We also know that dual-task cognitive challenges can be difficult for people living with Parkinson’s. Dual task requires individuals to perform two tasks simultaneously. An example of a dual task challenge is walking walking and carrying a bag. A diminished capacity for dual task performance reduces your ability to adapt to the environment as it changes around you. For instance, when the streetlight turns from green to yellow, your decision-making ability to adjust speeds will be compromised. Now we can get even more from your 60-minute walks.
Try to compound the positive effects of walking with the mental stimulation of a conversation with a friend or loved one. Combine an engaging conversation with the aerobic benefits of prolonged walking to ward off cognitive decline for good.
Weight Training to Curb Slowed Movements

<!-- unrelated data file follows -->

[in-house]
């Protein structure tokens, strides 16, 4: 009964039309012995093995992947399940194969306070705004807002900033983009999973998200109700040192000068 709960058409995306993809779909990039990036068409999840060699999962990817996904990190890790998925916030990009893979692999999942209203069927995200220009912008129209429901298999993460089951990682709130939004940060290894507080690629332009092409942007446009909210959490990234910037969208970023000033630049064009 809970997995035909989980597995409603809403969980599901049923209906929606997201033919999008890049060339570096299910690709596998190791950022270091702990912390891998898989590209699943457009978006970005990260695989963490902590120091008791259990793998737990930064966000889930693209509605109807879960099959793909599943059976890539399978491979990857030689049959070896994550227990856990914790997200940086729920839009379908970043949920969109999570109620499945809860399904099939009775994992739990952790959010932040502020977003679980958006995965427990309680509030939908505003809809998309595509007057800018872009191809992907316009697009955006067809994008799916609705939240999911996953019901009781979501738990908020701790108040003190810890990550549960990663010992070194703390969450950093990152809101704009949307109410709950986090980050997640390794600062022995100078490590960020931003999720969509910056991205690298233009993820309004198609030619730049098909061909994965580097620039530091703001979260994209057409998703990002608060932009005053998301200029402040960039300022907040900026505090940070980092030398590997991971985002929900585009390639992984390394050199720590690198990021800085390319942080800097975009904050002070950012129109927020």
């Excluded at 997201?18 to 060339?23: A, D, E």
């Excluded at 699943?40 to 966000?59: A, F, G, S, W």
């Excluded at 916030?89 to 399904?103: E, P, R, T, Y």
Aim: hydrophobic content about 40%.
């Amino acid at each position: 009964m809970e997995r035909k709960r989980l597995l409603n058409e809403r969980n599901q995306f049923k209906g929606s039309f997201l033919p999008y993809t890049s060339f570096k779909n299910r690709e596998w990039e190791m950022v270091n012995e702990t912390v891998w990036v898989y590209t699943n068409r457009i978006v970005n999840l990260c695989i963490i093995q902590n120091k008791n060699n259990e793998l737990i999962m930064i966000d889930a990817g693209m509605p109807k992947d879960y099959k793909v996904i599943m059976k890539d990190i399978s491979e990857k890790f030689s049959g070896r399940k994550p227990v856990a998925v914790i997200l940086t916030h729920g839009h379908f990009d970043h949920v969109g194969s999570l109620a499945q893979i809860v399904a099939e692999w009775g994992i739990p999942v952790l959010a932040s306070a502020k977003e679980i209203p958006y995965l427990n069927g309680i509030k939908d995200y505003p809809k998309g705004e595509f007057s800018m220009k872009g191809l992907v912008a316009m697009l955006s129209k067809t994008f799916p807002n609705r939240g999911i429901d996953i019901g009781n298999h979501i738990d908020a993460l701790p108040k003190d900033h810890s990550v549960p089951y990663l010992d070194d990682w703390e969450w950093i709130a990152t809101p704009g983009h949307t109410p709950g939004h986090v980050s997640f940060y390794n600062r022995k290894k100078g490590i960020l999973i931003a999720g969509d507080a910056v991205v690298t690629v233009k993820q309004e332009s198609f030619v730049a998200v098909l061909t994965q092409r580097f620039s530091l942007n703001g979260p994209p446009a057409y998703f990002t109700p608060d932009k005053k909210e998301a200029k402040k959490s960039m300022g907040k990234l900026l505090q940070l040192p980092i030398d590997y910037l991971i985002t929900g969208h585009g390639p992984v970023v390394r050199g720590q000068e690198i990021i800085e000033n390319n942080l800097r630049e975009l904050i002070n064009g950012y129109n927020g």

Remember that bradykinesia may start with a tremor in the legs or hands. It invariably progresses to an overall slowness of motion. You may notice that you are slower to get out of a car, or unable to keep up with your grandchildren. The way to combat this slowness or rigidity is through challenging the speeds of exercise. Weight training, yoga, or tai chi all improve your ability to turn muscles on and off simultaneously. Challenge the slowness of motion with fast transitions and quick spurts of motion. A Physical Therapist can specifically design a weight training or yoga-type movement class to keep your motion sharp. Don’t expect super fast carryover though. The studies support a 3-month training cycle at minimum to maximize benefits in clients with mild to moderate Parkinson’s disease.